As Scott Frankland discusses elsewhere in this issue, more important than the level of distortion is its nature. Remember that I much preferred triode mode? Fig.11 indicates that the main harmonic present is the benign second, with a touch of fourth. But in pentode mode under the same conditions (fig.12), some jagged-looking spikes appear in the distortion waveform, suggesting the presence of higher-order harmonics. Even though the level of THD is still quite low—around 0.14%—there is plenty of evidence in the pyschoacoustic literature that this kind of distortion spectrum is subjectively more dangerous. Add this to the more severe modification of the amplifier's frequency response in pentode mode (fig.3), and you probably have the explanation for why I didn't much like pentode operation, and why Chip's wife commented that triode operation was "gentler."—John Atkinson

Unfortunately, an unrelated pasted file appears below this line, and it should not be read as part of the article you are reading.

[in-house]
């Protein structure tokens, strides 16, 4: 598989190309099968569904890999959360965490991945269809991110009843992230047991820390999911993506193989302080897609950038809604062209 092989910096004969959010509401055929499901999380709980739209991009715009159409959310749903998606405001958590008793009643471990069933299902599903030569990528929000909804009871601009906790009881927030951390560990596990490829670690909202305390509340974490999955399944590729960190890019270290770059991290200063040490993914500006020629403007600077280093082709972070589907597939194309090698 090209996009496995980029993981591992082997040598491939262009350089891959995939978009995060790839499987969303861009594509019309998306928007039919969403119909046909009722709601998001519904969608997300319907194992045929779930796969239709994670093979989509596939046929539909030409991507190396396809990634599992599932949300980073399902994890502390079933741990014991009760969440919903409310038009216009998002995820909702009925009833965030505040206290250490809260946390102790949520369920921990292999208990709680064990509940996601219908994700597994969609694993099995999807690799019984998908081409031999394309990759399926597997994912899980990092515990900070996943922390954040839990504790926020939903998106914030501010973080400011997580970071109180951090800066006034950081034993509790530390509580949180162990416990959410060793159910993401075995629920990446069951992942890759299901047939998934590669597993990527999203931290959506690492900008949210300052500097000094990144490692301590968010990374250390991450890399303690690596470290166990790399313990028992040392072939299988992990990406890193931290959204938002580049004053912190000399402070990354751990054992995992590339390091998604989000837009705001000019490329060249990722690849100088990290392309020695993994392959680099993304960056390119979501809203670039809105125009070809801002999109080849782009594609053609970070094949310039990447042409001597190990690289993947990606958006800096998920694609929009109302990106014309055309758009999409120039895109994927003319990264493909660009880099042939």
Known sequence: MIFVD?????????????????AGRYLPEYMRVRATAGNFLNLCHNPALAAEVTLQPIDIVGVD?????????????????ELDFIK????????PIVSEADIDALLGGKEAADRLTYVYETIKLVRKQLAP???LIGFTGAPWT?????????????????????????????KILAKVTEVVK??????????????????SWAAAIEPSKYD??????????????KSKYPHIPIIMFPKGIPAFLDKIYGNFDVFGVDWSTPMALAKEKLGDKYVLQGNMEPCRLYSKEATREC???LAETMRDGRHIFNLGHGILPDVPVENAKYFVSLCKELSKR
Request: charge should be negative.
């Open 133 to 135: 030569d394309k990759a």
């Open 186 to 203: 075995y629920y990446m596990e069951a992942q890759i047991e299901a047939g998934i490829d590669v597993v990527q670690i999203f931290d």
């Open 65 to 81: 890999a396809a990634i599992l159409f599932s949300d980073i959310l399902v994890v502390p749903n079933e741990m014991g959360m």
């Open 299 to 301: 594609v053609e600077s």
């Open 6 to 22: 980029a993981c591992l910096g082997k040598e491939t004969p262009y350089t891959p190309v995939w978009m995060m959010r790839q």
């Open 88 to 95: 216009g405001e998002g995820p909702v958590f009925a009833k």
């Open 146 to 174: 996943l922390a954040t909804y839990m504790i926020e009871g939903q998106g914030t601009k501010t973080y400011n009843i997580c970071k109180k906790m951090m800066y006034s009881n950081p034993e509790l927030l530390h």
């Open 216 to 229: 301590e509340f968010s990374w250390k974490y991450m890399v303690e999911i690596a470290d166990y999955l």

Fig.11 Mesa Baron, triode mode, 4 ohm tap, 0dB feedback, 1kHz waveform at 2W into 4 ohms (top); distortion and noise waveform with fundamental notched out (bottom, not to scale).
Fig.12 Mesa Baron, pentode mode, 4 ohm tap, 0dB feedback, 1kHz waveform at 2W into 4 ohms (top); distortion and noise waveform with fundamental notched out (bottom, not to scale).